Iranian reports claim that U.S. surveillance flights over its territory, using advanced reconnaissance drones such as the RQ-170, targeted nuclear sites, in particular, to gather intelligence on these priority targets.
Flights were also intended to gain intelligence which could clean information regarding the progress Iran had made with its nuclear development.
While some nuclear sites had been heavy fortified with North Korean assistance, the Fordow Fuel Enrichment Plant being a key example located inside a mountain, bombers carrying penetrative munitions could potentially damage these in the event of an attack.
F-14 squadrons protecting these facilities reportedly had some success in deterring reconnaissance flights, but later made some highly unusual reports regarding the nature of American surveillance assets which entered their airspace.
They alleged that drones operated by American intelligence demonstrated the ability to fly at extreme altitudes at hypersonic speeds, and deployed powerful electronic countermeasures including magnetic radar jammers which thwarted the Tomcats’ ability to intercept them.
Expert on Iranian aviation Babak Taghvaee summarised these reports as follows: “The CIA’s intelligence drones displayed astonishing flight characteristics, including an ability to fly outside the atmosphere, attain a maximum cruise speed of Mach 10 and a minimum speed of zero, with the ability to hover over the target… the drones used powerful [electronic countermeasures] that could jam enemy radars using very high levels of magnetic energy.”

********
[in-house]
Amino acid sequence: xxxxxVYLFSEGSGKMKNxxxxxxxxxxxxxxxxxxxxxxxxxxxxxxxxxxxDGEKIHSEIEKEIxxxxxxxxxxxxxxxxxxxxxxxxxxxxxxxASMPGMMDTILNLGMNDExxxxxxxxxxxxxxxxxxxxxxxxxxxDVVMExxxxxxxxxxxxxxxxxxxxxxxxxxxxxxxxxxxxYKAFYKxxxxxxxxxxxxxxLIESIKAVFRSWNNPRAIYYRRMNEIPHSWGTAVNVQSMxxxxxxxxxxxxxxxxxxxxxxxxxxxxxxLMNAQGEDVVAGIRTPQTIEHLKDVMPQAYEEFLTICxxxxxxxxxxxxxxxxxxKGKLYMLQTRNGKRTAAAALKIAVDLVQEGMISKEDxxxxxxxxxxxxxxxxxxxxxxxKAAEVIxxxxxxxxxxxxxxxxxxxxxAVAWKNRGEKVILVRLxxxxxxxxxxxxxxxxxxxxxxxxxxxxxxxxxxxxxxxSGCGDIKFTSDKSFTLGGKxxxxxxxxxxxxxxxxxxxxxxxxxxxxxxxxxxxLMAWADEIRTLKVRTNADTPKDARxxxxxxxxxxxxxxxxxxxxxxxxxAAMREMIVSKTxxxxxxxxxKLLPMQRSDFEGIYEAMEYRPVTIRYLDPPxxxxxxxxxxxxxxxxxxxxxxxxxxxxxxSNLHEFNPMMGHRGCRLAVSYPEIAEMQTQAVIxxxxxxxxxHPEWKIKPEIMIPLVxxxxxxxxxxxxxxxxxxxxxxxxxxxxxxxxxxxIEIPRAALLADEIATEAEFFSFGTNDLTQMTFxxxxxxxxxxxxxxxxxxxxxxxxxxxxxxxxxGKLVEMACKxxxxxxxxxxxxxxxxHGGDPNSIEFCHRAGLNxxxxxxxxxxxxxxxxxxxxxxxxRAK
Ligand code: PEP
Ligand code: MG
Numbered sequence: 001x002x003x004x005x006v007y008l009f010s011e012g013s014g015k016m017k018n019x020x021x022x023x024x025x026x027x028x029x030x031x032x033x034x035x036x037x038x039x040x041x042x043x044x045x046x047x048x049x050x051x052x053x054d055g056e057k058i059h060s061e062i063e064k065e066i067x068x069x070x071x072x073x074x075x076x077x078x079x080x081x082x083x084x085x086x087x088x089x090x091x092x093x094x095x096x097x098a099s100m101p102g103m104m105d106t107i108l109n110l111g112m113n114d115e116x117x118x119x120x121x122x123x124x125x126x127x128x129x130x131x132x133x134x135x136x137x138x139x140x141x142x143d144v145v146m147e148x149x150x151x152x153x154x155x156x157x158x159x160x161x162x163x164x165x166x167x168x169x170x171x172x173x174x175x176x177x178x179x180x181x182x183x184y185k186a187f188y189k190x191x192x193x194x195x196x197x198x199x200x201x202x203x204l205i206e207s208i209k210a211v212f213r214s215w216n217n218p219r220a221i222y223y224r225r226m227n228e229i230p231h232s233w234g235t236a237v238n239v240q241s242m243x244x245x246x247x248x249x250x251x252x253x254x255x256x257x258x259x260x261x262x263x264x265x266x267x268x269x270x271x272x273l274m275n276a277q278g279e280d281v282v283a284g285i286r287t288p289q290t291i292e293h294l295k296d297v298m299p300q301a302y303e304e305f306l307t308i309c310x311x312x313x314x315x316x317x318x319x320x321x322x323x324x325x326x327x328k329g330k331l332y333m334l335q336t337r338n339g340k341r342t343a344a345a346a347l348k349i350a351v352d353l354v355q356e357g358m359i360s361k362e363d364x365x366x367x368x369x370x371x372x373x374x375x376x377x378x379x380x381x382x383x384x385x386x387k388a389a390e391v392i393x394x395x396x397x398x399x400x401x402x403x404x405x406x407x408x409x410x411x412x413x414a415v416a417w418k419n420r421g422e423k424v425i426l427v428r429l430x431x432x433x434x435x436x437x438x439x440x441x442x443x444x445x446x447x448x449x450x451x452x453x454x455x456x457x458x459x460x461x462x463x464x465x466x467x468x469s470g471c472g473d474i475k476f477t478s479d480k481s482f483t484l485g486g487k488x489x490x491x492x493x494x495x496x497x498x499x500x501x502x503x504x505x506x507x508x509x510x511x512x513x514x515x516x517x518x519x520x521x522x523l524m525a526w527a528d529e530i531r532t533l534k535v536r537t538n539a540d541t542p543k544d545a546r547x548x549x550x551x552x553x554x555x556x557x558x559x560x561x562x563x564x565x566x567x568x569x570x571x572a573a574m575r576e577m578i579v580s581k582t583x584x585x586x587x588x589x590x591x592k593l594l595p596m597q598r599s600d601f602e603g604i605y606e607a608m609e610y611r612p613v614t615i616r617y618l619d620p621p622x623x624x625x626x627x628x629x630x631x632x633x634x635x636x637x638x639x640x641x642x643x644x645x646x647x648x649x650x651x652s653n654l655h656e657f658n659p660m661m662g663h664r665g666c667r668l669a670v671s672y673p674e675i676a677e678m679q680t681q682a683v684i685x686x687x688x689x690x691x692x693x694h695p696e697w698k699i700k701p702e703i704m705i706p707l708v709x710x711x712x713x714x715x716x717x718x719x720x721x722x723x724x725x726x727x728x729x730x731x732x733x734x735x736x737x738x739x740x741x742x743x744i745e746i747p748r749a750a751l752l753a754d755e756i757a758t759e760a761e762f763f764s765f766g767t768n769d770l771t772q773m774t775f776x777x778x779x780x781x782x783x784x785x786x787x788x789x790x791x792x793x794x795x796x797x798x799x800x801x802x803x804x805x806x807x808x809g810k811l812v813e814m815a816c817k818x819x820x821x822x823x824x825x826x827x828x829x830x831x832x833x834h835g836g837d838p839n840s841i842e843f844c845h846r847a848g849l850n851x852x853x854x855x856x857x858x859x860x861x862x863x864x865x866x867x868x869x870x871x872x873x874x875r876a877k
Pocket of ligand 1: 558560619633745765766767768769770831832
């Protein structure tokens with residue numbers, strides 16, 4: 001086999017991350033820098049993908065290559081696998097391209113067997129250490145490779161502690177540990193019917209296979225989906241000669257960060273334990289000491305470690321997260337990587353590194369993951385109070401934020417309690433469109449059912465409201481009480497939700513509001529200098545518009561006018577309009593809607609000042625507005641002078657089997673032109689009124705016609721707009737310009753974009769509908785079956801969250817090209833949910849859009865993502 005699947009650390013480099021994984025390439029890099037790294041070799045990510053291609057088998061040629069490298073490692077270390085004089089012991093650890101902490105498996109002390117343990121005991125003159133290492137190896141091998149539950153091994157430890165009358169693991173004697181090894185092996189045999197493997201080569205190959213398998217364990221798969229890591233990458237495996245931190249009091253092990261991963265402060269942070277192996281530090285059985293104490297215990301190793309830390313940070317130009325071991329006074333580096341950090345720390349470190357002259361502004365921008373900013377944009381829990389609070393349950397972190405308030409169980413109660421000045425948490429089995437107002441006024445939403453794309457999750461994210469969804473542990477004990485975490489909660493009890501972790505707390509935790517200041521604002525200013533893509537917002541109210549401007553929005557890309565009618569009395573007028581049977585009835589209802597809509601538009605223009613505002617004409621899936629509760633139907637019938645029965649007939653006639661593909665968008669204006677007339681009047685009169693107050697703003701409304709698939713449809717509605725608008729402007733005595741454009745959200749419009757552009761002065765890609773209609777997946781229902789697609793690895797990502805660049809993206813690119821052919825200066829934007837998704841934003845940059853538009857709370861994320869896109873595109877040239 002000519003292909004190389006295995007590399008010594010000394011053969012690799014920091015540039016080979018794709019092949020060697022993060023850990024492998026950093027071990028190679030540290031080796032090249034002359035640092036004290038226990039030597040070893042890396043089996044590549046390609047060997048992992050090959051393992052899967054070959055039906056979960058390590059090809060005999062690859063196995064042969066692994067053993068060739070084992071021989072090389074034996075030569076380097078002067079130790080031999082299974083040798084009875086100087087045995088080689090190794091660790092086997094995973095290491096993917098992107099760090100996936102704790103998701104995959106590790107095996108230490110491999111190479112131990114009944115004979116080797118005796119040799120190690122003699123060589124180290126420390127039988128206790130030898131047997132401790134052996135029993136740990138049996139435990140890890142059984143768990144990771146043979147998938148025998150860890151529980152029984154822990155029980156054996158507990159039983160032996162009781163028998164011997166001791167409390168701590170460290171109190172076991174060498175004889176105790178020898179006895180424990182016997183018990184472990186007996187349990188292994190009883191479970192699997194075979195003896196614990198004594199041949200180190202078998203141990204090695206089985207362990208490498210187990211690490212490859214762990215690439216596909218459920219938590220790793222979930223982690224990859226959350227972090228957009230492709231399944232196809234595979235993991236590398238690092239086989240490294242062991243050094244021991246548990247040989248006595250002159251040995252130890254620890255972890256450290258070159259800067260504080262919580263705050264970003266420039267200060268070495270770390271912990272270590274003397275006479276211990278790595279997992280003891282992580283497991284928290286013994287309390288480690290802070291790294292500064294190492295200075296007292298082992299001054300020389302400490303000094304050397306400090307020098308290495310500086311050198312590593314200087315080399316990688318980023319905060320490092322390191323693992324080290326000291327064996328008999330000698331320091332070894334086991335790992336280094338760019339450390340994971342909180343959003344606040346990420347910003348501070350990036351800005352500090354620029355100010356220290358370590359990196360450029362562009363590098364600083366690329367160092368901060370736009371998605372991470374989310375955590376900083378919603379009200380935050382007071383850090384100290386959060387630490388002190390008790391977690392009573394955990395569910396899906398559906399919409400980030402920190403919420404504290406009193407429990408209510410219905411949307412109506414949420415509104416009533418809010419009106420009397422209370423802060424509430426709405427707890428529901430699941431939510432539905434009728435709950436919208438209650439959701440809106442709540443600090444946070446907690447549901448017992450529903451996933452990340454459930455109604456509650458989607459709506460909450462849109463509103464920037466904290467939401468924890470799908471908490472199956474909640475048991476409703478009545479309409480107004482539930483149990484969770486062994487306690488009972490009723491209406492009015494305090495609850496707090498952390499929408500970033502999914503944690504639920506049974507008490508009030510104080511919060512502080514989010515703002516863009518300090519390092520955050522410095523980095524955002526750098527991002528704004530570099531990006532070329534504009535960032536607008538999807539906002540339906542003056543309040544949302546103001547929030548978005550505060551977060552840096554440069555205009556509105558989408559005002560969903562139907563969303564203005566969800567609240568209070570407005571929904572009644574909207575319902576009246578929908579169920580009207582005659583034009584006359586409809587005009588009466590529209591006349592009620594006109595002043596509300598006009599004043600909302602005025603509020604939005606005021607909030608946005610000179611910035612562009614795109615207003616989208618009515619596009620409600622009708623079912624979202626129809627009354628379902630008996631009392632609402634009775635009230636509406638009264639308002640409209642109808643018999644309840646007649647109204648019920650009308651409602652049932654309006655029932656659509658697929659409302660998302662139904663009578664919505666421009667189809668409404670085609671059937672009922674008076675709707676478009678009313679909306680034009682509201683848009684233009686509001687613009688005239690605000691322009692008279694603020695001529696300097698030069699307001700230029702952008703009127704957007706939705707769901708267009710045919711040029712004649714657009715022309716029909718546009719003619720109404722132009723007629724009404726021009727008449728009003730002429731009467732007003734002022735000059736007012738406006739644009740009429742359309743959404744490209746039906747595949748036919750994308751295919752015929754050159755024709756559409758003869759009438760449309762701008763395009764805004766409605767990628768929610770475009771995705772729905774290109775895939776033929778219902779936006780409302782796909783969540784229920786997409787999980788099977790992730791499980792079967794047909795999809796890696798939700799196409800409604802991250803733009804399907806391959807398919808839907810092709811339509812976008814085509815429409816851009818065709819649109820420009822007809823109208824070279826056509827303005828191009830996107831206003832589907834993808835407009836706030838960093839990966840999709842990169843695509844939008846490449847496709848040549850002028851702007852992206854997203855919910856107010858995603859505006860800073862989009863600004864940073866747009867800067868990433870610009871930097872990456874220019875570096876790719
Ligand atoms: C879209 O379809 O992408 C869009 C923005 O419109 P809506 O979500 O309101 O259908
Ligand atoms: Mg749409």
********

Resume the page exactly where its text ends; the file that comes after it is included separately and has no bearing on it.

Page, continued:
According to these reports, an attempt by an F-14 to intercept one such drone over a nuclear facility at Arak in November 2004 saw the Tomcat’s AWG-9 radar disrupted preventing a lock.
Taghvaee further noted that reported incidents involving these hypersonic drones had continued into the 2010s, with Iran alleging that one had downed an F-14 Tomcat attempting to intercept it in January 2012 – the condition of which had been “one of the finest” in its inventory.
The Iranian Air Force today operates over 40 F-14 Tomcat swept wing twin-engine air superiority fighters, platforms acquired from the United States in 1979.